This column is a monthly feature focusing on specific topics of interest to newcomers to the reach code development community.

Now that we’ve taken a look at two common structures for reach codes (see the December 2021 issue for more on this topic), this month we will be considering how the reach code process works. While the experience of each jurisdiction will be unique, there are some commonalities throughout the development and adoption process.

Generally, the process begins with certain goals being proposed. This can emerge from a city’s Climate Action Plan, a request from Council, or from community activities. This will lead to a period of local stakeholder inputs as the community begins to explore options. There may be public workshops, either in-person or virtual as well as surveys and other information gathering. As potential measures come into more precise focus, jurisdiction staff will begin to gather technical information and analyses to satisfy cost-effectiveness and other legal requirements.

The jurisdiction team will develop a proposed reach code and undertake the formal public process necessary for adoption. This may include additional public workshops to refine requirements, presentation to Council as required, and a period of public notice and comments. At any point during this process, the measure may be returned to staff for additional work, perhaps because of new stakeholder inputs, direction from Council, or other developments.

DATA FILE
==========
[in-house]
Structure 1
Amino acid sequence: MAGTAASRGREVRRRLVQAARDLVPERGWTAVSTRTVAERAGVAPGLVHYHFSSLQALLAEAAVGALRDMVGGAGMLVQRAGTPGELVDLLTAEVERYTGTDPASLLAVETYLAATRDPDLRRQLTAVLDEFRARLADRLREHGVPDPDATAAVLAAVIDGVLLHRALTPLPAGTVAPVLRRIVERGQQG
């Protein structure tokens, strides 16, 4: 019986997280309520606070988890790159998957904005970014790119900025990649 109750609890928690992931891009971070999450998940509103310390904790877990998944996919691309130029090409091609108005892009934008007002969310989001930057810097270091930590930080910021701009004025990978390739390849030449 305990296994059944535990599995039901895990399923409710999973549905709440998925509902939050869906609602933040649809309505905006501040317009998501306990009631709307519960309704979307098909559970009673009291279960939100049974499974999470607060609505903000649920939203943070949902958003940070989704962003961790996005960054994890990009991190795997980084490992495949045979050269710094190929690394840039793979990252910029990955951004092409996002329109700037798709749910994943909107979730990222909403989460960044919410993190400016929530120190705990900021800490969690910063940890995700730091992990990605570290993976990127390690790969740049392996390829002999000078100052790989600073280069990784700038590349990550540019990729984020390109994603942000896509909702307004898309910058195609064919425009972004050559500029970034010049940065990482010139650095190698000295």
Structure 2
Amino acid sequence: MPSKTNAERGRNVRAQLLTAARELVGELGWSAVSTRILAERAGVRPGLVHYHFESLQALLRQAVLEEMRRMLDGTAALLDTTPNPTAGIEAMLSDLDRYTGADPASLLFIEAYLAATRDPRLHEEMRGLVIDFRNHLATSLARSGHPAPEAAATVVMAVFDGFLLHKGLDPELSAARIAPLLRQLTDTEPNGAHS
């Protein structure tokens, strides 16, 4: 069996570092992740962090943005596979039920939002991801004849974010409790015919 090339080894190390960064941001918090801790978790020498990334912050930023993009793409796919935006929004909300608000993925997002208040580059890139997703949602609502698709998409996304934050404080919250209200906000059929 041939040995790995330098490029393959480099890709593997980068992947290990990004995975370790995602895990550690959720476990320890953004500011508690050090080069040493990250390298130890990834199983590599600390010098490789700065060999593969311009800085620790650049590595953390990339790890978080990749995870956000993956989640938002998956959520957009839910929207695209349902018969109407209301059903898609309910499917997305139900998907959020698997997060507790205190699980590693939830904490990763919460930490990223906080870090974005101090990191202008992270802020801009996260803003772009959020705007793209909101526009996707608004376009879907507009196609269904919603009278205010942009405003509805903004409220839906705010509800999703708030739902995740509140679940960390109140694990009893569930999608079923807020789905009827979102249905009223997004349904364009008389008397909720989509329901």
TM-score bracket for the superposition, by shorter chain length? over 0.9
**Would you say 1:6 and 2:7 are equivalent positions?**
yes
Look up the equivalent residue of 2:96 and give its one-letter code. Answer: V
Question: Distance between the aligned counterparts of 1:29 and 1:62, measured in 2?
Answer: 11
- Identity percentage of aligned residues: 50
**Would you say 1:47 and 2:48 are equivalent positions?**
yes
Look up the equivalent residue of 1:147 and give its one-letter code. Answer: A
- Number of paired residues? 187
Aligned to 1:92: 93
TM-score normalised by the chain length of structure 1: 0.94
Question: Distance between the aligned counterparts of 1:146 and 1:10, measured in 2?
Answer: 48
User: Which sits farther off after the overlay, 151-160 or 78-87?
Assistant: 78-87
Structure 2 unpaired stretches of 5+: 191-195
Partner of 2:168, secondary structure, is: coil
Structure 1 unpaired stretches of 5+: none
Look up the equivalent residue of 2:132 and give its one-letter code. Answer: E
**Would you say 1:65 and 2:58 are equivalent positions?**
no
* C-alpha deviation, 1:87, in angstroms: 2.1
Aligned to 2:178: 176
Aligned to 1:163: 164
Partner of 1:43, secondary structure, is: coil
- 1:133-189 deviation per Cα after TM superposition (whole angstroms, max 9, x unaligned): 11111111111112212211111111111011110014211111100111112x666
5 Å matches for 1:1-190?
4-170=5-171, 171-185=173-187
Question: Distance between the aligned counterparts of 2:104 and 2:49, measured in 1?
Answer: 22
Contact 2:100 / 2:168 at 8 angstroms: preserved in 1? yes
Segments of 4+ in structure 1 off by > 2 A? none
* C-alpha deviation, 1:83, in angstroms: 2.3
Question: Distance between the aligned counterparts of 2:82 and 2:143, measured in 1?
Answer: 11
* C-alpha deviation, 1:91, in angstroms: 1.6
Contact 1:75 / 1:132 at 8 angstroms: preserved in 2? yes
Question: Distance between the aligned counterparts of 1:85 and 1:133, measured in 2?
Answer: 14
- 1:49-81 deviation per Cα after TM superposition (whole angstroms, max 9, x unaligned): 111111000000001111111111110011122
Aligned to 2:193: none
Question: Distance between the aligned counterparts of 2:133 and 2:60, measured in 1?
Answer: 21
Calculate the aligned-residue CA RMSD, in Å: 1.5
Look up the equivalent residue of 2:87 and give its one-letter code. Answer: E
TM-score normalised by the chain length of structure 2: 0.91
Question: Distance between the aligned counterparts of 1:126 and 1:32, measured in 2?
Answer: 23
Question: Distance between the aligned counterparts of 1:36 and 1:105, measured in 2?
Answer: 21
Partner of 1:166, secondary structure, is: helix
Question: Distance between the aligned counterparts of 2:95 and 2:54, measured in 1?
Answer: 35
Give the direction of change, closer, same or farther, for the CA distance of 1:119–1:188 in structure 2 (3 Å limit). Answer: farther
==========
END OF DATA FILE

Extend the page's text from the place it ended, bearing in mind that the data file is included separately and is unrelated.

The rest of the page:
When the measure is formally adopted by Council, the next stage of the process where formal state agency review and approval is required. As noted in the December article, if the measure is linked to the statewide Building Energy Efficiency Standards, it must be approved by the Energy Commission and filed with the California Building Standards Commission (CBSC) before it can be enforced locally.

Although the final stage in the process is implementation, it's best to begin coordination and planning early. This occurs at the local level and will involve education of city department staff tasked with compliance, such as the planning, permitting and inspection offices. There will also be an educational component focused on the community itself, helping residents, developers, and builders understand the new requirements and how to comply.

For more information on this topic, you can download the presentation or listen to the recording of Session 1 of the Reach Codes Newcomers webinar series. Session 2 materials are also available here. And it’s not too late to register for Session 3, scheduled for March 22 here. Session 3 will be focusing on cost-effectiveness analyses.

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Chef Chris Galarza headshot

Q&A with Chef Christopher Galarza: A Conversation about sustainable kitchen Design